With the revised Paulson plan triumphantly headed to the House for what looks like a better-than-even chance of passing, let's not forget that enactment of the bill is only the first step in a long journey. Having hopefully stabilized (if not opened up) the credit markets, we now need to address the cause of the crisis itself.
In a way, all the Paulson plan does is get us back to where we were a few weeks ago, when we were focused not on bank closures but housing foreclosures. And that should still be the focus. Unstable mortgages are the reason all these mortgage-backed securities are falling apart. Of course, "where we were a few weeks ago" was a months-long stalemate, with legislators and economists unable to agree on a plan to help responsible homeowners without bailing out irresponsible risk takers. But there's a silver lining here: Maybe now policymakers will set aside their concerns about moral hazards and recognize the risk that unhealthy mortgages pose to the rest of the economy. The question is what to do about them.
As has often been the case these days, Columbia Business School Dean Glenn Hubbard, former chair of Bush's Council of Economic Advisers, has been a voice of reason on this dilemma. In today's Wall Street Journal, he co-wrote a piece with his Columbia colleague Chris Mayer proposing that "all residential mortgages on primary residences ... be refinanced into 30-year fixed-rate mortgages at 5.25% (matching the lowest mortgage rate in the past 30 years)." They argue that we should then place them with Fannie Mae and Freddie Mac. Such a move would directly help out homeowners, and in turn reassure credit markets worried about the wobbly mortgages underlying all those asset-backed securities we've heard so much about.
This isn't chump change; as the pair notes, the total negative equity out there is about $593 billion. But here's where the Bush administration could learn from its mistakes. Instead of giving the public the worst case scenario--$700 billion, in the case of the Paulson plan, is only what we'd pay if most of the purchased assets fell apart--it should explain why a mortgage-refinancing plan wouldn't soak taxpayers. Refinancing itself would help a lot. And the credit stimulus that such a plan would provide would go a long way toward boosting the economy and thus giving homeowners more cash. Hubbard and Mayer also recommend capping individual write-downs to $75,000, which would reduce the potential price tag to $338 billion right away. That, and the fact that the plan would directly aid struggling Americans, should ease its way through Congress.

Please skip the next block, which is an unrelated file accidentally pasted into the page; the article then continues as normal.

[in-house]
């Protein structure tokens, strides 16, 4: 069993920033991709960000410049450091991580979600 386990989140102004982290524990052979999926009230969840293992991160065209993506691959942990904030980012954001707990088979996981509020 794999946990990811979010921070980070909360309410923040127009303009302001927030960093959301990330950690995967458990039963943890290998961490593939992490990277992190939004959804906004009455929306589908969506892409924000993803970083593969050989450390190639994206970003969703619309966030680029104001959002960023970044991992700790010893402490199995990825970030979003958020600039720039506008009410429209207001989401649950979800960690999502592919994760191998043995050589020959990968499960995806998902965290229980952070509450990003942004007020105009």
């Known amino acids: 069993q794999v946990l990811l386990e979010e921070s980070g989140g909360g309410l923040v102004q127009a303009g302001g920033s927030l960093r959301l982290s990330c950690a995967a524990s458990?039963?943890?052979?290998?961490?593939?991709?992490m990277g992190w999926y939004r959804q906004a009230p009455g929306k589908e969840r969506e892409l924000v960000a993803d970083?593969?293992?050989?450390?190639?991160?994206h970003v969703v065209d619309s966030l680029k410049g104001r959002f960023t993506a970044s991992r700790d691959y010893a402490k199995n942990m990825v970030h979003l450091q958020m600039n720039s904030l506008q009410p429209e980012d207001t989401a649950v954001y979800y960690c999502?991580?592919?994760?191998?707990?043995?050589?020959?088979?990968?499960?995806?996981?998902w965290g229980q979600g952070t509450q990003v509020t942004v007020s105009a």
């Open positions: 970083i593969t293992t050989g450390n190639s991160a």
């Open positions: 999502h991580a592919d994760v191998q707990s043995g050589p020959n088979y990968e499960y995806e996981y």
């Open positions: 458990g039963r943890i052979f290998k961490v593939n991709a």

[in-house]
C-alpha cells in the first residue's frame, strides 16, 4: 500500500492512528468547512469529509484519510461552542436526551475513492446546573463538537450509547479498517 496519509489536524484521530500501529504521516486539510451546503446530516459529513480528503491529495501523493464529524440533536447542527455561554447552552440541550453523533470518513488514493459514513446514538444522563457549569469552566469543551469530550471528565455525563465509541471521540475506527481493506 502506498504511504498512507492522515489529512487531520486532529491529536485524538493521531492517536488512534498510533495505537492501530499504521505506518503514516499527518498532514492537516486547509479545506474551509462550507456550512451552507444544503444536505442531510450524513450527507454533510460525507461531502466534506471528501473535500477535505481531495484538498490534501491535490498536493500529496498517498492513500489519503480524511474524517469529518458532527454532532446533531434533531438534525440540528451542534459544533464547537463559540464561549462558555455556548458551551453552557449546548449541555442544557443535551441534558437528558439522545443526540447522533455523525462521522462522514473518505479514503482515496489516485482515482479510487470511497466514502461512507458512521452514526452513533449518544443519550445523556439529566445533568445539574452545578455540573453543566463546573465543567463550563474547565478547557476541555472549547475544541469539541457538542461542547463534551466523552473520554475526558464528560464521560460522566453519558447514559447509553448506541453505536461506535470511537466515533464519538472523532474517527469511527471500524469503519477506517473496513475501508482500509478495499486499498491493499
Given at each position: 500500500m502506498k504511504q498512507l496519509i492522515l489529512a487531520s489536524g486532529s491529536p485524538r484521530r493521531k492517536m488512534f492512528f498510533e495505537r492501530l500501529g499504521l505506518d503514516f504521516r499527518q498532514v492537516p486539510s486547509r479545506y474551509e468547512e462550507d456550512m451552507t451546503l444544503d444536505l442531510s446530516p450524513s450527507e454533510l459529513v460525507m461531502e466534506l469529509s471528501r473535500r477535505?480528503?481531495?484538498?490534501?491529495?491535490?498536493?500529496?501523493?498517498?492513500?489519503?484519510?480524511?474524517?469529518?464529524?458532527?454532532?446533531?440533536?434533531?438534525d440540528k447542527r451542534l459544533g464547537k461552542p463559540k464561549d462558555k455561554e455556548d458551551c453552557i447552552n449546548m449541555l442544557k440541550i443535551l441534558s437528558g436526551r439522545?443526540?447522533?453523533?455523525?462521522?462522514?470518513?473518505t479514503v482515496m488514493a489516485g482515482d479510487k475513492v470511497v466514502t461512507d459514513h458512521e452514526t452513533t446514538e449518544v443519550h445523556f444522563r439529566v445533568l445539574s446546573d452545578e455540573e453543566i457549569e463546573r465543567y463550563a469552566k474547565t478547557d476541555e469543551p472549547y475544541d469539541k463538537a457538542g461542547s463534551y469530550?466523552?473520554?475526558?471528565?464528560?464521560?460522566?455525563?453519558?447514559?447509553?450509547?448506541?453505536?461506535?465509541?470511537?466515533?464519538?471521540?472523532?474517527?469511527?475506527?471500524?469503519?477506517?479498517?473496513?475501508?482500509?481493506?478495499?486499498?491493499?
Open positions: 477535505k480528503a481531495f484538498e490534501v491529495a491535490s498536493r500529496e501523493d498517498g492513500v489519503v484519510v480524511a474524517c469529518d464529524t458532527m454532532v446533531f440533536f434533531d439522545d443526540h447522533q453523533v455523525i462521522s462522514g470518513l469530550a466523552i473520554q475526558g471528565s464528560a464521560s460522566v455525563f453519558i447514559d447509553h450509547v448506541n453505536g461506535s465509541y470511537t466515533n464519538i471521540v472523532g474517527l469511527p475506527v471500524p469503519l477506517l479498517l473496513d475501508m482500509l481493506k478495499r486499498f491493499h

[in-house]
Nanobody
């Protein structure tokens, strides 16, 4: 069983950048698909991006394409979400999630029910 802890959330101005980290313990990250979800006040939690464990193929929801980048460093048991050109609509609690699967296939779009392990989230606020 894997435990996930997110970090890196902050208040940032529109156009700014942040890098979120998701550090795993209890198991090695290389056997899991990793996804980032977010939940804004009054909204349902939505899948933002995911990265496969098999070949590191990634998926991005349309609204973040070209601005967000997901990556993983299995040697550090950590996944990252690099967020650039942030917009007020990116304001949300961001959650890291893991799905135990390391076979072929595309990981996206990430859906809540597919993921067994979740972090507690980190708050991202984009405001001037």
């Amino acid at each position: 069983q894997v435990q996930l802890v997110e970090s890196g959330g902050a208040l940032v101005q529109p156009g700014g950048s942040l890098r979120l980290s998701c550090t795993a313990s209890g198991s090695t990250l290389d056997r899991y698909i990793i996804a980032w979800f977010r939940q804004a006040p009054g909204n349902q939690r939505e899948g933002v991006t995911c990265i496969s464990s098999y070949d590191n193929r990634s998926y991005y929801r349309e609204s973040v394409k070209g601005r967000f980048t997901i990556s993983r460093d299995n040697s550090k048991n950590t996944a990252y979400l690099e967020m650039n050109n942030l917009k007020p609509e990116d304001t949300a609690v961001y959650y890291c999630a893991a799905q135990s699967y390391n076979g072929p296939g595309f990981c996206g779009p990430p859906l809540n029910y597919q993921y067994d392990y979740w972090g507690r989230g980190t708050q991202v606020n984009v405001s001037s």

This isn't the final step, of course. If one looks at the economy as a heart-attack patient, the Paulson plan is the CPR. A refinancing plan would be the bypass surgery and recovery. Beyond that, just as a heart-attack survivor needs to make serious changes in diet and exercise, we need a thorough round of regulatory reform--including a restructuring of the regulatory system--to help make sure this doesn't happen again and to prepare ourselves for the unknown tumult that a globalized financial infrastructure will bring.